“I’m a pollyanna,” she said, referring to a colloquial US description of a woman who sees only the good in everything. “That’s how I got by here for these 12 years.”
One day in 1997, Meas Bopha says, she returned from errands to discover that the three infants she had recently adopted had disappeared. A nanny told her that a white woman had taken them away.
A few panicked minutes later, the woman reappeared with the infants, who she had just taken for HIV tests, a precursor to adoption.
It was Lauryn Galindo, Meas Bopha said.
“She told me that maybe she didn’t think I could support them,” said Meas Bopha, who now runs a Phnom Penh guesthouse. “She said she could help me find a home for the children. She showed me pictures of Cambodian children who were living in Hawaii.”
When Meas Bopha demurred, the woman made her offer. “[Galindo] said, ‘If I find a good home for the children, you can keep $700.’”
Meas Bopha denied the offer, but an impoverished next-door neighbor gave up a child that day for $100, she said. The woman, said to be living in Pailin, could not be reached.
It was a turbulent time in Cambodia, with factional fighting intensifying and foreigners fleeing the city. Days after then co-Prime Minister Hun Sen unseated his partner, Prince Norodom Ranariddh, a story in the US newspaper the Seattle Times appeared about Galindo’s “dramatic and moving” escape from the country on a charter flight with 19 orphans in tow. The adoptive families waited in a Bangkok hotel.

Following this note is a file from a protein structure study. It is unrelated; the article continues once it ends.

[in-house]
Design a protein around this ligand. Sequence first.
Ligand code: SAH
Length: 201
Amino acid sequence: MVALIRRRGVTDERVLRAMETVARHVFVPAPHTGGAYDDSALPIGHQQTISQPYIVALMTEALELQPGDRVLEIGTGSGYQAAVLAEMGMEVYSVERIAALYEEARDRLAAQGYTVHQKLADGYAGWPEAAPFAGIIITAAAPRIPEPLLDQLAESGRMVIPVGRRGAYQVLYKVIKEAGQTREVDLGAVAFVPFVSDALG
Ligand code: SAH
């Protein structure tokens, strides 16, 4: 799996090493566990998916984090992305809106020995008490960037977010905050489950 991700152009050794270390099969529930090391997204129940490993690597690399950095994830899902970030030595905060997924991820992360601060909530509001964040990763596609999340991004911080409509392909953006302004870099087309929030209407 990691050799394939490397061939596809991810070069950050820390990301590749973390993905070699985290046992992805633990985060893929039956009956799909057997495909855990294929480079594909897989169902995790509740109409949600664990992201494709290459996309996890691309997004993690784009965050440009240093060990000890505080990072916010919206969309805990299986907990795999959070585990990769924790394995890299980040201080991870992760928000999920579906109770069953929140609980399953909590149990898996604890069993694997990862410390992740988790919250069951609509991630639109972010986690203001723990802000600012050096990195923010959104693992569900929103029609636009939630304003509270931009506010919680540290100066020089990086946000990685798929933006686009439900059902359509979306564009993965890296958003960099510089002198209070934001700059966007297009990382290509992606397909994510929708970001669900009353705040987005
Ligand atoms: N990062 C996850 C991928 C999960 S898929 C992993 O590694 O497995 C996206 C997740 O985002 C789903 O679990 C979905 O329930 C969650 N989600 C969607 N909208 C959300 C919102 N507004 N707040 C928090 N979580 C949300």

The Meas Bopha incident is the only publicly-known case to implicate Galindo directly, but it is not the first time Galindo has been associated with trafficking.
In cases uncovered by Licadho in 2000, mothers claimed that they had sold children to recruiters from WOV in Phnom Penh. Galindo takes WOV children and pays virtually all the orphanage’s expenses, including salaries.
“They were the first to get in trouble,” said Licadho Deputy Director Naly Pilorge of WOV.
In one case, a mother was promised that the adoptive family would send back money, but they never did; in another a mother claimed she never gave permission to send her child to the US; in a third the orphanage initially refused to return a baby after a mother changed her mind.
WOV Director Chhim Naly denies offering anything to abandoning relatives more than a token donation of rice and travel expenses. Earlier this month she proudly toured a visitor through a free daycare at the orphanage where neighborhood families could keep their children while they go to work. Such programs make it easier for parents to keep their children rather than having to abandon them, Galindo says.
Galindo denies all the accusations. The cases at the orphanage she attributed to misunderstandings or attempts at extortion by the birth mother. The Meas Bopha case, however, elicited a more vehement reaction—perhaps because it implicates her directly, or perhaps because Meas Bopha has already spoken about her to CNN and The New York Times.
It was a hot day, and Galindo invited a reporter to talk in her black, air-conditioned Mercedes. There were little squares of Oriental rug in the backseat footwells. A white Toyota Camry, full of what appeared to be bodyguards, waited across the street.
Galindo was obviously upset at the prospect of having her reputation injured, though she was not at all angry or threatening. She said Meas Bopha’s estranged husband, a US